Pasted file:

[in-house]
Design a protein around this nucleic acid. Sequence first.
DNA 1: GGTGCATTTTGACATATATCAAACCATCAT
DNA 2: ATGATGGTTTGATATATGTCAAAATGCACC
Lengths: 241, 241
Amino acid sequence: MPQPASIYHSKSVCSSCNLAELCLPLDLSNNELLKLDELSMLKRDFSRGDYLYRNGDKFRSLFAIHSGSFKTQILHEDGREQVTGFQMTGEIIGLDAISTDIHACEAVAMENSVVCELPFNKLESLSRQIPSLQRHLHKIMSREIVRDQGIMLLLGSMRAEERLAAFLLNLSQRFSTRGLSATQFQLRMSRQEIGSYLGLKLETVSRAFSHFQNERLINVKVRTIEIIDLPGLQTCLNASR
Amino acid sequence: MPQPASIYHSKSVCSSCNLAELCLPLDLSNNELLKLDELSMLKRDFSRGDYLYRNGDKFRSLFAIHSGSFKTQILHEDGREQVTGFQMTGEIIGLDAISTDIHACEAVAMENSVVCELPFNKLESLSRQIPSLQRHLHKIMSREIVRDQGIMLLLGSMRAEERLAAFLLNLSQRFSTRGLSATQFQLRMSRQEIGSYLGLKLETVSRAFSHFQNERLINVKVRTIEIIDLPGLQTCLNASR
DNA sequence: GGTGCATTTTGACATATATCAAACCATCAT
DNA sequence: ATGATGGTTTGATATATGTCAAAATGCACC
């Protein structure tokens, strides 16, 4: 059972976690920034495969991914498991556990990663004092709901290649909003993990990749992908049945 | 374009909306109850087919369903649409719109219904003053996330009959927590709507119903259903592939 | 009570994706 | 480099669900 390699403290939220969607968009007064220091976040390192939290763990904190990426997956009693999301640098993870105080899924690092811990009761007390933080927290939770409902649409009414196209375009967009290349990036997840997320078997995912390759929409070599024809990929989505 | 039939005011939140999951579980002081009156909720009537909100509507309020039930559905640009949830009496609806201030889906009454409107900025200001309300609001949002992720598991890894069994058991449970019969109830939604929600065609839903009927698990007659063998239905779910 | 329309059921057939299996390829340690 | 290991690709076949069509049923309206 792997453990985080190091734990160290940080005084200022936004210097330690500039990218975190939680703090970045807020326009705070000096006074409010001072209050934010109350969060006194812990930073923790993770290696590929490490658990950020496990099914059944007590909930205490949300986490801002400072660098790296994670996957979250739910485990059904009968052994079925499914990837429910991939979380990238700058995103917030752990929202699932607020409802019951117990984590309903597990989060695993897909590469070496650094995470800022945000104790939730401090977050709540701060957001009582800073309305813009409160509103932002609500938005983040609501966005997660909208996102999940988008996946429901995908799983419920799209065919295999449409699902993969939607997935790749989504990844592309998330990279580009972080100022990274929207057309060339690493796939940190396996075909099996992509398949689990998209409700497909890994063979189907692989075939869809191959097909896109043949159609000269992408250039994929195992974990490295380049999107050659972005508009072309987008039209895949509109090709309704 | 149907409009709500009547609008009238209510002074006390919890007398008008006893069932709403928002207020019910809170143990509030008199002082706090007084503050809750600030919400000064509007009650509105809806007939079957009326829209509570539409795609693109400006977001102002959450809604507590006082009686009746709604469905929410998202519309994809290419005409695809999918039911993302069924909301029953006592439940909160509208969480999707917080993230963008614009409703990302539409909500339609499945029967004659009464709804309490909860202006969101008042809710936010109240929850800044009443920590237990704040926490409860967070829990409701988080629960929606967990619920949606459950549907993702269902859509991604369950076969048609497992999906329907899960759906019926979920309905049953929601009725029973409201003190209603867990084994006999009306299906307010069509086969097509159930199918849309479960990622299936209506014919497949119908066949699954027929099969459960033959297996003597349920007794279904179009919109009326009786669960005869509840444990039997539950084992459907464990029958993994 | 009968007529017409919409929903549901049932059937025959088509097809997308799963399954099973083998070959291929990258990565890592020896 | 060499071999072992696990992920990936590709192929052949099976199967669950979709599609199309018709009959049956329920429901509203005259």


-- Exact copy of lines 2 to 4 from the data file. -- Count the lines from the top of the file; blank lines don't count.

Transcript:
Design a protein around this nucleic acid. Sequence first.
DNA 1: GGTGCATTTTGACATATATCAAACCATCAT
DNA 2: ATGATGGTTTGATATATGTCAAAATGCACC